New York Times Book Review Notable Book of the Year
Los Angeles Times Best Book of the Year
London, 1782: center of science and commerce, home to the newly rich and the desperately poor. In the midst of it all is the Giant, O'Brien, a freak of nature, a man of song and story who trusts in myths, fairies, miracles, and little people. He has come from Ireland to exhibit his size for money. O'Brien's opposite is a man of science, the famed anatomist John Hunter, who lusts after the Giant's corpse as a medical curiosity, a boon to the advancement of scientific knowledge.
In her acclaimed novel, two-time Man Booker Prize winning author Hilary Mantel tells of the fated convergence of Ireland and England. As belief wrestles knowledge and science wrestles song, so The Giant, O'Brien calls to us from a fork in the road as a tale of time, and a timeless tale.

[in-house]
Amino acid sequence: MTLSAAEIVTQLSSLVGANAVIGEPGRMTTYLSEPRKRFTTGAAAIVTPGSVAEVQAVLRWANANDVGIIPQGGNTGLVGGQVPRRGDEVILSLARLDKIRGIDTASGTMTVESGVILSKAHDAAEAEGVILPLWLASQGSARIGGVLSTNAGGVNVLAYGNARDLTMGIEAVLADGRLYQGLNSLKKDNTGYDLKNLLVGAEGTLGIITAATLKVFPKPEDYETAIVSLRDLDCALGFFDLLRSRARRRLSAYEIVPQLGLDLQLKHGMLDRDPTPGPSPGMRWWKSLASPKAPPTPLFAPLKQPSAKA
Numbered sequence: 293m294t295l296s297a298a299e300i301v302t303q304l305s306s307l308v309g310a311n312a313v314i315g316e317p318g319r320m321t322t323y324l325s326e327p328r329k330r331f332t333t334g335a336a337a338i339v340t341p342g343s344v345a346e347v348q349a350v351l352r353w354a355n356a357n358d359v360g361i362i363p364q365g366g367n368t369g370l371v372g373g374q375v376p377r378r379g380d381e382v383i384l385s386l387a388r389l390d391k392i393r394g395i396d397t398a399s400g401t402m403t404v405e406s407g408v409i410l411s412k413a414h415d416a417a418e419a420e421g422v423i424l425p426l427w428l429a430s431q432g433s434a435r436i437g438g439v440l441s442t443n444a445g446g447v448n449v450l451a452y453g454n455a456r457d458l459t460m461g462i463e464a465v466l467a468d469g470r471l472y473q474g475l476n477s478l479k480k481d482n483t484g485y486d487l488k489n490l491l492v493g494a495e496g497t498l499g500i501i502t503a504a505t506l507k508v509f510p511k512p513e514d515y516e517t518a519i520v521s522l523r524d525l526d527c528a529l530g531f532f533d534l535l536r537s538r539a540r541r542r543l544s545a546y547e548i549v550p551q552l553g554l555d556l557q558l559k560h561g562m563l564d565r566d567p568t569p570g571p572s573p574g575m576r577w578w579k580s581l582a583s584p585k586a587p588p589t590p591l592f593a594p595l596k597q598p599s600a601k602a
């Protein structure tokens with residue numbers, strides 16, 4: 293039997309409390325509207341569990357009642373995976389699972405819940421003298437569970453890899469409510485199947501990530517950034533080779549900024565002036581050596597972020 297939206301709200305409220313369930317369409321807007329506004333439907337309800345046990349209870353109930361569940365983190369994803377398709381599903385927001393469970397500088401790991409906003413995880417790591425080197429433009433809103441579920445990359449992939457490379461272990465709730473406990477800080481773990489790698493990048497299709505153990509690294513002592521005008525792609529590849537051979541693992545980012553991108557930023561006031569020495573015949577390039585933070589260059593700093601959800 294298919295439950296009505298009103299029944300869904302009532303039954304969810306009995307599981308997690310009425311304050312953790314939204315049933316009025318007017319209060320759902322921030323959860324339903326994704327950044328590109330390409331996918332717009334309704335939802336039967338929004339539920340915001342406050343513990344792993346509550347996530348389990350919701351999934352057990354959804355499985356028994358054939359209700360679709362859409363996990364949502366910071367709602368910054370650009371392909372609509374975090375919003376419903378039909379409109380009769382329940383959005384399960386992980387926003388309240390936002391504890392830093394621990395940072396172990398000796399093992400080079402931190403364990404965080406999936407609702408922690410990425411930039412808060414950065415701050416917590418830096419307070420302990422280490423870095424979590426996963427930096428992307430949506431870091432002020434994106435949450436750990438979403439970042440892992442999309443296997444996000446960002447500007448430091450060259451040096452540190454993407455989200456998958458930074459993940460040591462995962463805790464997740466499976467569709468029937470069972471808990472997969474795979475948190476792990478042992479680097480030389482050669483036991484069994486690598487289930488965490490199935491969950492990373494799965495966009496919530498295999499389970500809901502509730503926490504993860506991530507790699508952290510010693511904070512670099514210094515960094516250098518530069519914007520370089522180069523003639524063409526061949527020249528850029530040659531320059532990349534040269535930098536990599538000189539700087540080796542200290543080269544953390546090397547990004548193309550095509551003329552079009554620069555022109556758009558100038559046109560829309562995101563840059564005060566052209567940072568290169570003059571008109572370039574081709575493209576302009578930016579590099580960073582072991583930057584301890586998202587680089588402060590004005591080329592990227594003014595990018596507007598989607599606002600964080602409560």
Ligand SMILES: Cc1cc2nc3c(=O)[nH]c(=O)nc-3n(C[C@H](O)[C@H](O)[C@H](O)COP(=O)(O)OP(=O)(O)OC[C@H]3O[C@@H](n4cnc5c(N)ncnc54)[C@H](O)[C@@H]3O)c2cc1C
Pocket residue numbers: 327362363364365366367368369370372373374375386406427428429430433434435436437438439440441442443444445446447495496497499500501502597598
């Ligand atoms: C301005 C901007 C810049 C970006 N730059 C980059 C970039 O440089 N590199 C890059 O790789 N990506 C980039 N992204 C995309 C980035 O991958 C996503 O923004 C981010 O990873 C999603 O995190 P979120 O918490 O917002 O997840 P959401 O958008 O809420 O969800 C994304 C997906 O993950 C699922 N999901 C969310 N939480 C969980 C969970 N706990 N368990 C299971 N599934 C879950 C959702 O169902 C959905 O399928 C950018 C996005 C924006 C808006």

The most engaging moments in Mantel's intriguing new novel occur when the uneducated Irish characters who make up the loutish retinue of "the Giant, O'Brien" converse. Perfectly imagining the vocabulary and inflections of Irish peasants whose stark ignorance leaves them agape at the wonders of 1782 London, Mantel produces dialogue that is at once credible and funny. Here, as in many of her novels (Eight Months on Ghazzah Street; An Experiment in Love), cultures collide, and individual human beings suffer as a consequence. Taking as her inspiration the 18th-century Irish giant Charles Byrnes, whose bones are still on exhibit in a London museum, Mantel has imagined the fate of the man, who leaves the dire poverty and scorched earth of the Irish countryside and comes to London entertaining grandiose fantasies of riches and respect, but who encounters disillusionment and his own mortality instead. In counterpoint to the giant, who lives in Ireland's glorious past, spinning folktales and fables to earn his bread, another emigre to London, Scottish surgeon James Hunter (also a real figure), is obsessed with the "modern" lure of scientific research, for which he needs bodies. Generally dependent on grave robbers for his corpses, Hunter realizes that the giant is moribund, and plots to win the cadaver. Mantel makes the most of the contrast between the steel-willed, splenetic Hunter and the gentle giant, a hedgerow scholar whose generous nature and naivete are his undoing. Her picture of late-18th-century London is brilliant--especially the gloom, filth and squalor in which the lower class exists, ruled by prejudice, superstition and strong drink. She also hits home with witty comments about the national characteristics of the English and the Irish. While the narrative fascinates with atmospheric detail, however, this novel lacks the artfully maintained suspense of Mantel's previous work. It is the rich background that sustains interest rather than the giant and his nemesis, both of whom remain shadowy figures.